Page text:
Samuel Baker loved to talk about local food processing techniques in his mid-19th Century African travel documentaries, which is fortunate for those of us trying to trace foods and their processing prior to modern times in Africa.
Here is what Sir Baker has to say about making a cider from green plantains, a method that can still be found today here in Burundi:
The method of cider-making was simple.
The fruit was buried in a deep hole and covered with straw and earth;–at the expiration of about eight days the green plantains thus interred had become ripe;
–they were then peeled and pulped within a large wooden trough resembling a canoe (see my picture above, of a modern production – Diana);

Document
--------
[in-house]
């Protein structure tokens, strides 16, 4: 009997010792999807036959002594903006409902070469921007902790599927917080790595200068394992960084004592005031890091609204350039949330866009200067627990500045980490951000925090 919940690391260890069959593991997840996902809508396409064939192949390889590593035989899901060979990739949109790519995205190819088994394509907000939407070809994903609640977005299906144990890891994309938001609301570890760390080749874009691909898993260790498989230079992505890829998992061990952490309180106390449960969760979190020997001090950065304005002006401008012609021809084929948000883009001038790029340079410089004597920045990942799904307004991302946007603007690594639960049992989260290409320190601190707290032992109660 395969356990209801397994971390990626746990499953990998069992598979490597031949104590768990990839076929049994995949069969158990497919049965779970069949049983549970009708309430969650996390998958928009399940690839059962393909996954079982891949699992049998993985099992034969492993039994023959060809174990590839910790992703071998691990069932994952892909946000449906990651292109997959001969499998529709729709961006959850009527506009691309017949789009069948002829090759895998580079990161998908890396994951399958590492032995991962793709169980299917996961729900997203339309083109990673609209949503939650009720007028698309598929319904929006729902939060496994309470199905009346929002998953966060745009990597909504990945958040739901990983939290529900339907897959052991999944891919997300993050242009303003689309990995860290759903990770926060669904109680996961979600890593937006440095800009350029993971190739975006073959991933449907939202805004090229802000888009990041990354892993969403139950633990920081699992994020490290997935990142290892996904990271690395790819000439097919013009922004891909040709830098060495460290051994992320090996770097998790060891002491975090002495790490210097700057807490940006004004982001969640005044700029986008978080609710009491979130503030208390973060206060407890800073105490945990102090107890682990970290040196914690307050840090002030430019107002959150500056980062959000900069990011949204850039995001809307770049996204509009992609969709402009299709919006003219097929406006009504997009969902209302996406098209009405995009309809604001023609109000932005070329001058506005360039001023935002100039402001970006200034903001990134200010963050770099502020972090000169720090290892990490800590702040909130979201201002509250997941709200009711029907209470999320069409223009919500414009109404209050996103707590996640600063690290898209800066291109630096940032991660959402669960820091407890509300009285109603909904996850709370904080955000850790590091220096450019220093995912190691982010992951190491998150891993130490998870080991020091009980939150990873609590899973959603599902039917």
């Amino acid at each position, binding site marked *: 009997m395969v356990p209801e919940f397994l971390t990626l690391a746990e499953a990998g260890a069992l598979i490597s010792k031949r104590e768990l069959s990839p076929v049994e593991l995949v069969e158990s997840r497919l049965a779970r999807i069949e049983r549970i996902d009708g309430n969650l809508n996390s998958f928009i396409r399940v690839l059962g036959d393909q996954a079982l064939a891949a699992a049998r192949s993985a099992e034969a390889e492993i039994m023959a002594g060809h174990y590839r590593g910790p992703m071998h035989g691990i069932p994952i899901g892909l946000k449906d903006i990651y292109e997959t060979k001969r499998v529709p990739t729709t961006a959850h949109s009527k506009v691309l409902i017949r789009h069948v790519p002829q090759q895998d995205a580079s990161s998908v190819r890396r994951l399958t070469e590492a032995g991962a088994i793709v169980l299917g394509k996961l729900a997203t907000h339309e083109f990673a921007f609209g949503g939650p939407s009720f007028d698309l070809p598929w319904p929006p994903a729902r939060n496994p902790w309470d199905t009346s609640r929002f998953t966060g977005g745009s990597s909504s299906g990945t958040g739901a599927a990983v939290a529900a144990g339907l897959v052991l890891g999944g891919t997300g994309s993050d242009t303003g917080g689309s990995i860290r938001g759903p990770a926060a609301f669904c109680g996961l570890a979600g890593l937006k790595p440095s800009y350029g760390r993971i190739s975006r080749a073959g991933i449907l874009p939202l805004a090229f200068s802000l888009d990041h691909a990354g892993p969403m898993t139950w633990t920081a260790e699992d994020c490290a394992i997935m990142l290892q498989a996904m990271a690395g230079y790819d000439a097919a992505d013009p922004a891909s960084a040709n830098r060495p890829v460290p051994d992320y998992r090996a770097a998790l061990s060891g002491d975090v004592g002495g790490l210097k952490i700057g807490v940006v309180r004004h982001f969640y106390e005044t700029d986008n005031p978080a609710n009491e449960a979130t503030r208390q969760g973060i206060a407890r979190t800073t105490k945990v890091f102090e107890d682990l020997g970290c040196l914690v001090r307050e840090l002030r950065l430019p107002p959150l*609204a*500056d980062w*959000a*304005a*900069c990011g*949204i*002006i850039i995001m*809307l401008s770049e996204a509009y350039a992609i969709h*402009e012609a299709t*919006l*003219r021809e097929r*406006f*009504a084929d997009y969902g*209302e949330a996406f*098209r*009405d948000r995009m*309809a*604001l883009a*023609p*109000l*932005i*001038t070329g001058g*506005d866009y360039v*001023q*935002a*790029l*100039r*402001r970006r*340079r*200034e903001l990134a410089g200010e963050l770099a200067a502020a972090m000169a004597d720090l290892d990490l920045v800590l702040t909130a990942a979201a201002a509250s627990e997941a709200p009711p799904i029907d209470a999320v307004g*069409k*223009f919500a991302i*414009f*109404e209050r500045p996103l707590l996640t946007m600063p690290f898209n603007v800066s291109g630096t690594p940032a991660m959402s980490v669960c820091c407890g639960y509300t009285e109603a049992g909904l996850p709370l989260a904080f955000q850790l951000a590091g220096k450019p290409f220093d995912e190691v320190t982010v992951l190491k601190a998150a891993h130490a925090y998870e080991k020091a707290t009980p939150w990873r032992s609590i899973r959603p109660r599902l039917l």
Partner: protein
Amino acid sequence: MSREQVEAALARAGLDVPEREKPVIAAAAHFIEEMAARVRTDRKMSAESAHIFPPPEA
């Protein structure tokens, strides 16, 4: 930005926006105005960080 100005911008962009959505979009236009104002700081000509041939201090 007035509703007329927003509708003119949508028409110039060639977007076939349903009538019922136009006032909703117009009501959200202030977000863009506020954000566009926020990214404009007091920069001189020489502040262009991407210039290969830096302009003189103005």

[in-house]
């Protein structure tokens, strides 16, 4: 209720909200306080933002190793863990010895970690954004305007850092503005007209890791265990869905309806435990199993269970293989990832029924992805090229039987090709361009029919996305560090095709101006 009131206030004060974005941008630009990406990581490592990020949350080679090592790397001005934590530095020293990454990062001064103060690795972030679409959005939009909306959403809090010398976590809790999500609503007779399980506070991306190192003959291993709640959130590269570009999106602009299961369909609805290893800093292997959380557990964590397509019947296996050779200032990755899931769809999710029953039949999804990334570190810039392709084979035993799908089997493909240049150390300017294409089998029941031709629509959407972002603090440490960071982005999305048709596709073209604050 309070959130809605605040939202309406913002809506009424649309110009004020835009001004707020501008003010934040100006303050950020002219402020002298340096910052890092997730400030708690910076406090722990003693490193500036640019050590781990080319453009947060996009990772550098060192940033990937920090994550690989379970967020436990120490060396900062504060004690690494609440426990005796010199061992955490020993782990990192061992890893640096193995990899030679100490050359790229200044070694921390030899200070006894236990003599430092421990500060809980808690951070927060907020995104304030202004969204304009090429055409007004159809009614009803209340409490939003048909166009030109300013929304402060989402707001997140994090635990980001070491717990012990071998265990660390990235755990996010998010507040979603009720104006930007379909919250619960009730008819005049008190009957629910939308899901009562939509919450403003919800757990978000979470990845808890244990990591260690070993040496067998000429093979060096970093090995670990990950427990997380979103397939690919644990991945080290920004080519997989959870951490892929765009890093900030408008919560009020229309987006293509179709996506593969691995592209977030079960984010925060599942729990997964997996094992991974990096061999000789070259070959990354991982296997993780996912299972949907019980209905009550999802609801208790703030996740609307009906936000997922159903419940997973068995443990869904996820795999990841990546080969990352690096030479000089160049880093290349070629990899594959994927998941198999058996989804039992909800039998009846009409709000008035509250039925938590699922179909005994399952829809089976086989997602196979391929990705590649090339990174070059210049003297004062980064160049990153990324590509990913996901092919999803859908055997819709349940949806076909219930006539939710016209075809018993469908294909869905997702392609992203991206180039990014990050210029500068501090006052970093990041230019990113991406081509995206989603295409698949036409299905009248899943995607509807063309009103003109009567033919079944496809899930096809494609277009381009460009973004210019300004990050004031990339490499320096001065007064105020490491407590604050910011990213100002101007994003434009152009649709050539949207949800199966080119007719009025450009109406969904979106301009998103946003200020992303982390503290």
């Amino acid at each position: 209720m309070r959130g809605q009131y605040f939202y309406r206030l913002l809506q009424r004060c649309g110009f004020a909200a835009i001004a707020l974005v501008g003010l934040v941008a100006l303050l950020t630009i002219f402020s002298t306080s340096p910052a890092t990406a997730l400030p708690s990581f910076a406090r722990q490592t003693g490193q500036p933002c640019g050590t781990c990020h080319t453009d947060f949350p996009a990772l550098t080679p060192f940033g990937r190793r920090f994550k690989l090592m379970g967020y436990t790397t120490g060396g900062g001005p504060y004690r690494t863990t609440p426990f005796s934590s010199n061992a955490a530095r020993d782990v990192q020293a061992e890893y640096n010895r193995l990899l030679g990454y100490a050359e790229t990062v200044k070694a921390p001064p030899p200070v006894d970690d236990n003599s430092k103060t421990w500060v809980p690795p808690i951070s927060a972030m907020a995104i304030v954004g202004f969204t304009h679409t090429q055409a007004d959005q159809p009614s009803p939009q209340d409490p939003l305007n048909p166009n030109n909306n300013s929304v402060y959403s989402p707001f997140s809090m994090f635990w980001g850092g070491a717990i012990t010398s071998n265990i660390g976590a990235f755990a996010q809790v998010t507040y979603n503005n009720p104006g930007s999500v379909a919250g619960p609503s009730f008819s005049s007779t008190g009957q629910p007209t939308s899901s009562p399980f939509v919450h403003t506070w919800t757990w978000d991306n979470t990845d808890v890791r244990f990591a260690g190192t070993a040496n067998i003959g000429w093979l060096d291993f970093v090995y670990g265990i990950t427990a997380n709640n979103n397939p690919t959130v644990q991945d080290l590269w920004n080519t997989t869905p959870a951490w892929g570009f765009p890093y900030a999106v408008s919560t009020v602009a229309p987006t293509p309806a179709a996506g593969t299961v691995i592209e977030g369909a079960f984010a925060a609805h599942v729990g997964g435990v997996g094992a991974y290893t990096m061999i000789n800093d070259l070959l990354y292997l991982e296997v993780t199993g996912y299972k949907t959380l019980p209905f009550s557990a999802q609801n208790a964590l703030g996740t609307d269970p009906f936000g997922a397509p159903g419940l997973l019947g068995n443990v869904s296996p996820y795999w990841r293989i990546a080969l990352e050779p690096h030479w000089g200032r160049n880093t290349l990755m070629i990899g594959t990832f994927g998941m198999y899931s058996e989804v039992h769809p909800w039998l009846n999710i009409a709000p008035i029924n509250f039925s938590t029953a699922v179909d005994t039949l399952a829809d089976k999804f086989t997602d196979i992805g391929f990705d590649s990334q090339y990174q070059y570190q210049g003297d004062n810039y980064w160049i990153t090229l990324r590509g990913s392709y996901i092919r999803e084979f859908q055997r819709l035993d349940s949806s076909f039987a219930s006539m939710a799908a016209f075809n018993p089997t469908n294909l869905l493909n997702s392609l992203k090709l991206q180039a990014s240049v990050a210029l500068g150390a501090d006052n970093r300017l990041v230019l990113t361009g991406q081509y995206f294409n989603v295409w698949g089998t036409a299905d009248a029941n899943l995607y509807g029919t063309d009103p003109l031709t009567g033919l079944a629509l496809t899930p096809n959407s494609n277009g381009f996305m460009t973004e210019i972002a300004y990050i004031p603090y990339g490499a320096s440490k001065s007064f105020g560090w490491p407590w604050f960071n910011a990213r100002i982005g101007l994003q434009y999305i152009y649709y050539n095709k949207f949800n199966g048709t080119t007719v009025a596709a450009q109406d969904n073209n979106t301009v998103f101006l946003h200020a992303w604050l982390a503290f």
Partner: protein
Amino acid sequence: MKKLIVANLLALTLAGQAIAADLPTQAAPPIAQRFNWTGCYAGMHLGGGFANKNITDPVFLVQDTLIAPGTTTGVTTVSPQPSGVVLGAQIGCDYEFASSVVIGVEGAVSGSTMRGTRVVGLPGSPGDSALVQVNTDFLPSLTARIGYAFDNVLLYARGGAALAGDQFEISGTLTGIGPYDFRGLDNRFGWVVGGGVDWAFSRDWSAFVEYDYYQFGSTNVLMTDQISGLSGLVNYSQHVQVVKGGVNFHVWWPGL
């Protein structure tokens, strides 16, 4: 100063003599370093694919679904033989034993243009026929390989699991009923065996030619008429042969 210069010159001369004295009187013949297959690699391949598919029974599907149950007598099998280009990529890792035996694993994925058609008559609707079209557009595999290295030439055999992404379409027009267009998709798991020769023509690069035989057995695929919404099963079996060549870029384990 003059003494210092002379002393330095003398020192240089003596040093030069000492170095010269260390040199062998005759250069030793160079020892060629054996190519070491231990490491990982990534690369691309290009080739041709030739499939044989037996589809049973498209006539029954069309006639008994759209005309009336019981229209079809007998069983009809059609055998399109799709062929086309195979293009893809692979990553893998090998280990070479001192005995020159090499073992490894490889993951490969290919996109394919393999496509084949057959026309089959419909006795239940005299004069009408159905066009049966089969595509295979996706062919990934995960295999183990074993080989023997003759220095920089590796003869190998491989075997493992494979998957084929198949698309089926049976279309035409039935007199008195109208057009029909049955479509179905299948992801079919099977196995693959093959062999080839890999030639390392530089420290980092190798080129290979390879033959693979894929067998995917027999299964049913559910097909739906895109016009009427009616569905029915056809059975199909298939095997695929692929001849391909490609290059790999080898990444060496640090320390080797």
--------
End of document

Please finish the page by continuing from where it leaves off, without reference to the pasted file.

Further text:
–this was filled with water, and the pulp being well mashed and stirred, it was left to ferment for two days, after which time it was fit to drink.
(Diana says – the longer you leave it, the stronger it gets!! 🙂
Source: Sir Samuel W. Baker, Gold Medallist of the Royal Geographical Society, The Albert N’Yanza, Great Basin of the Nile And Explorations of the Nile Sources.
- Colonial Musings on Mount Cameroon: Out with the Plantains! In with the Coffee & Sugar! (dianabuja.wordpress.com)
- A Colonial Elephant Hunt in Central Africa – Sir Samuel Baker (dianabuja.wordpress.com)